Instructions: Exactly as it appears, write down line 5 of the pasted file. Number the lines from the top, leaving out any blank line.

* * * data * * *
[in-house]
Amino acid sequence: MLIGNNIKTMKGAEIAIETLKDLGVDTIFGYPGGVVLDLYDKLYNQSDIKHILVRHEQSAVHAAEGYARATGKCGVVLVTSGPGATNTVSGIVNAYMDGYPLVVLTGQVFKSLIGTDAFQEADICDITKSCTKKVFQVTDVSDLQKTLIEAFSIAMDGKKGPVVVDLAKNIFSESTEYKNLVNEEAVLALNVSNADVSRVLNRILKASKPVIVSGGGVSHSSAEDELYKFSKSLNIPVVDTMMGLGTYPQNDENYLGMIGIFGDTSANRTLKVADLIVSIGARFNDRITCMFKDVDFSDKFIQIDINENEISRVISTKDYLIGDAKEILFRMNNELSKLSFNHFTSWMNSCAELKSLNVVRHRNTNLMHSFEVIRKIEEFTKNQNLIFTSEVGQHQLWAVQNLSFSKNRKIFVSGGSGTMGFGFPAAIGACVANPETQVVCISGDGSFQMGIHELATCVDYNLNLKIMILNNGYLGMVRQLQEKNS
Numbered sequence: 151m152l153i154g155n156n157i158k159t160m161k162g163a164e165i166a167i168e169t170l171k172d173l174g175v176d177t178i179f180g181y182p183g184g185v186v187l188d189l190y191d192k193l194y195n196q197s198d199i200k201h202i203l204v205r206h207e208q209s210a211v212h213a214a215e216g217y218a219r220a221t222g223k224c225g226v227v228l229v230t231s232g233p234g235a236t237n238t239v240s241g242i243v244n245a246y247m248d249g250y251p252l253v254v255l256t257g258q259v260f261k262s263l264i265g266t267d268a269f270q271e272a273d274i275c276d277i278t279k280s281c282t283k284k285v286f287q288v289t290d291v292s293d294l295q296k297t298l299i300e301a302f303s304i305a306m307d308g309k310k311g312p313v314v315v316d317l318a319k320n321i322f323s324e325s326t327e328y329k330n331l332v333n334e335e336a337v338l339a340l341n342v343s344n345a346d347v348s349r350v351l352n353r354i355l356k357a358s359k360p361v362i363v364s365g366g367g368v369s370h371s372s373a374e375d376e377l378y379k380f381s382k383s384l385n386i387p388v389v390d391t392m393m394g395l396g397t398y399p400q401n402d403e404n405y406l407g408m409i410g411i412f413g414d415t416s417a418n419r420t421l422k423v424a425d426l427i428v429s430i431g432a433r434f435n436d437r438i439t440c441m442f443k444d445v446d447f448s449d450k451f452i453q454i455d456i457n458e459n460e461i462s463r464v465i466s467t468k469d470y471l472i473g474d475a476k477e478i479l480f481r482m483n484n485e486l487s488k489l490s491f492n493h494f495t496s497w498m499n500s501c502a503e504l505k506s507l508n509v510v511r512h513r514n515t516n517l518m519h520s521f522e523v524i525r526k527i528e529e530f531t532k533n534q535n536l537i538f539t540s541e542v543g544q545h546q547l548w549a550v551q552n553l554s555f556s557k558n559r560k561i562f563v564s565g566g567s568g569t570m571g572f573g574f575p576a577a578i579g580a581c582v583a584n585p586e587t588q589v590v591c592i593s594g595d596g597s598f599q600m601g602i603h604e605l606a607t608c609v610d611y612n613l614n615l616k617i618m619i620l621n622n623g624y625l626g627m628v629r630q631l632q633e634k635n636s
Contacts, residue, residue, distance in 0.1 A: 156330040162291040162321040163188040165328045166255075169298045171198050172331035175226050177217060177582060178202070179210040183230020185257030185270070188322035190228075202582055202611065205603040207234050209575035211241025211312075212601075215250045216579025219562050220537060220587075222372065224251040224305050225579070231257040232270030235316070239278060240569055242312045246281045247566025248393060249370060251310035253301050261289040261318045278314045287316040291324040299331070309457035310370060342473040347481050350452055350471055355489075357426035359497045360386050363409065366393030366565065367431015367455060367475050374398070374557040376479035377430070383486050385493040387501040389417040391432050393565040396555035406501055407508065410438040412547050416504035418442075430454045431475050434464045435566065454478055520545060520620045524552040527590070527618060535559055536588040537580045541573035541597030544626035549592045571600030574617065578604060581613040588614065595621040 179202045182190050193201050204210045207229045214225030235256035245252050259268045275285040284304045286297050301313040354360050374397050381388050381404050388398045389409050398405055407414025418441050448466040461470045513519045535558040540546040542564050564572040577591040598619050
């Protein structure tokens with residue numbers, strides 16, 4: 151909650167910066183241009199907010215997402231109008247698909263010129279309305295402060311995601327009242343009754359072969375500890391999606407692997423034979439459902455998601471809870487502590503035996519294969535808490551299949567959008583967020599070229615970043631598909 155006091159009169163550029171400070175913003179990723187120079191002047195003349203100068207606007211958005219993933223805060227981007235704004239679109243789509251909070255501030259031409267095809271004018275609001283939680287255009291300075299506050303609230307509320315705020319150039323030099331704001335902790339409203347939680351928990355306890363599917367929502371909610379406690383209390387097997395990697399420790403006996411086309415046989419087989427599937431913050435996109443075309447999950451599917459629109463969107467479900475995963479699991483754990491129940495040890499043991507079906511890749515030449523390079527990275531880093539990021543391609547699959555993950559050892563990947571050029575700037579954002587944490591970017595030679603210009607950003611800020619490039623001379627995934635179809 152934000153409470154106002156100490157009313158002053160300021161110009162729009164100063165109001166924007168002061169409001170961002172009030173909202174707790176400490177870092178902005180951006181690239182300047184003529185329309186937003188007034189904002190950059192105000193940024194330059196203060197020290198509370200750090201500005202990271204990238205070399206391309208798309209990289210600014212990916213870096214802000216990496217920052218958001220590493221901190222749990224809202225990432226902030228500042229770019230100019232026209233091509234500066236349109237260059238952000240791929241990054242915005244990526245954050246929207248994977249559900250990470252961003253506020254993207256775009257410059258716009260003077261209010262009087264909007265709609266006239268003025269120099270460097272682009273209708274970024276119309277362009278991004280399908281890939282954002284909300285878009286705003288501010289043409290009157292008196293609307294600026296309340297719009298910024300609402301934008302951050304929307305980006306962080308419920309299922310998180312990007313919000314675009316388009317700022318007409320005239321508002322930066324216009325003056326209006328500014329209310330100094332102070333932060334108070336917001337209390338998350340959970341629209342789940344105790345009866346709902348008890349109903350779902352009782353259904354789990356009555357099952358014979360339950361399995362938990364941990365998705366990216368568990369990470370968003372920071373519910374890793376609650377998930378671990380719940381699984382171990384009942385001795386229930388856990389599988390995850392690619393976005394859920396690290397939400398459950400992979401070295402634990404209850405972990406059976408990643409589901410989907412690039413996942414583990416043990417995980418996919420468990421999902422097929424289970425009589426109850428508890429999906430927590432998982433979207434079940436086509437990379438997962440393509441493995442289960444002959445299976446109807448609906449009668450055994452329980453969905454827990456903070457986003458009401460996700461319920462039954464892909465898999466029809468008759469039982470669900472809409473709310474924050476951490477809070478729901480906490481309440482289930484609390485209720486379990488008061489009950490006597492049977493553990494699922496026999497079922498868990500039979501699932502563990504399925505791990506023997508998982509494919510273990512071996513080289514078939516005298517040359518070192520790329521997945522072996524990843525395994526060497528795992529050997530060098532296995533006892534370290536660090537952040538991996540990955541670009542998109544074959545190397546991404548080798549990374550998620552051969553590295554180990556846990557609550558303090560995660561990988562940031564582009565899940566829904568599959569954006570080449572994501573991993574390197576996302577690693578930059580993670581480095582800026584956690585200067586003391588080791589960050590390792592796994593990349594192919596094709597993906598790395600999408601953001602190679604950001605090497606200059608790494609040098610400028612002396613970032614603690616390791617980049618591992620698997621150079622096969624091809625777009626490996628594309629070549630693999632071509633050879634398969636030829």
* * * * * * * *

């Protein structure tokens with residue numbers, strides 16, 4: 151909650167910066183241009199907010215997402231109008247698909263010129279309305295402060311995601327009242343009754359072969375500890391999606407692997423034979439459902455998601471809870487502590503035996519294969535808490551299949567959008583967020599070229615970043631598909 155006091159009169163550029171400070175913003179990723187120079191002047195003349203100068207606007211958005219993933223805060227981007235704004239679109243789509251909070255501030259031409267095809271004018275609001283939680287255009291300075299506050303609230307509320315705020319150039323030099331704001335902790339409203347939680351928990355306890363599917367929502371909610379406690383209390387097997395990697399420790403006996411086309415046989419087989427599937431913050435996109443075309447999950451599917459629109463969107467479900475995963479699991483754990491129940495040890499043991507079906511890749515030449523390079527990275531880093539990021543391609547699959555993950559050892563990947571050029575700037579954002587944490591970017595030679603210009607950003611800020619490039623001379627995934635179809 152934000153409470154106002156100490157009313158002053160300021161110009162729009164100063165109001166924007168002061169409001170961002172009030173909202174707790176400490177870092178902005180951006181690239182300047184003529185329309186937003188007034189904002190950059192105000193940024194330059196203060197020290198509370200750090201500005202990271204990238205070399206391309208798309209990289210600014212990916213870096214802000216990496217920052218958001220590493221901190222749990224809202225990432226902030228500042229770019230100019232026209233091509234500066236349109237260059238952000240791929241990054242915005244990526245954050246929207248994977249559900250990470252961003253506020254993207256775009257410059258716009260003077261209010262009087264909007265709609266006239268003025269120099270460097272682009273209708274970024276119309277362009278991004280399908281890939282954002284909300285878009286705003288501010289043409290009157292008196293609307294600026296309340297719009298910024300609402301934008302951050304929307305980006306962080308419920309299922310998180312990007313919000314675009316388009317700022318007409320005239321508002322930066324216009325003056326209006328500014329209310330100094332102070333932060334108070336917001337209390338998350340959970341629209342789940344105790345009866346709902348008890349109903350779902352009782353259904354789990356009555357099952358014979360339950361399995362938990364941990365998705366990216368568990369990470370968003372920071373519910374890793376609650377998930378671990380719940381699984382171990384009942385001795386229930388856990389599988390995850392690619393976005394859920396690290397939400398459950400992979401070295402634990404209850405972990406059976408990643409589901410989907412690039413996942414583990416043990417995980418996919420468990421999902422097929424289970425009589426109850428508890429999906430927590432998982433979207434079940436086509437990379438997962440393509441493995442289960444002959445299976446109807448609906449009668450055994452329980453969905454827990456903070457986003458009401460996700461319920462039954464892909465898999466029809468008759469039982470669900472809409473709310474924050476951490477809070478729901480906490481309440482289930484609390485209720486379990488008061489009950490006597492049977493553990494699922496026999497079922498868990500039979501699932502563990504399925505791990506023997508998982509494919510273990512071996513080289514078939516005298517040359518070192520790329521997945522072996524990843525395994526060497528795992529050997530060098532296995533006892534370290536660090537952040538991996540990955541670009542998109544074959545190397546991404548080798549990374550998620552051969553590295554180990556846990557609550558303090560995660561990988562940031564582009565899940566829904568599959569954006570080449572994501573991993574390197576996302577690693578930059580993670581480095582800026584956690585200067586003391588080791589960050590390792592796994593990349594192919596094709597993906598790395600999408601953001602190679604950001605090497606200059608790494609040098610400028612002396613970032614603690616390791617980049618591992620698997621150079622096969624091809625777009626490996628594309629070549630693999632071509633050879634398969636030829």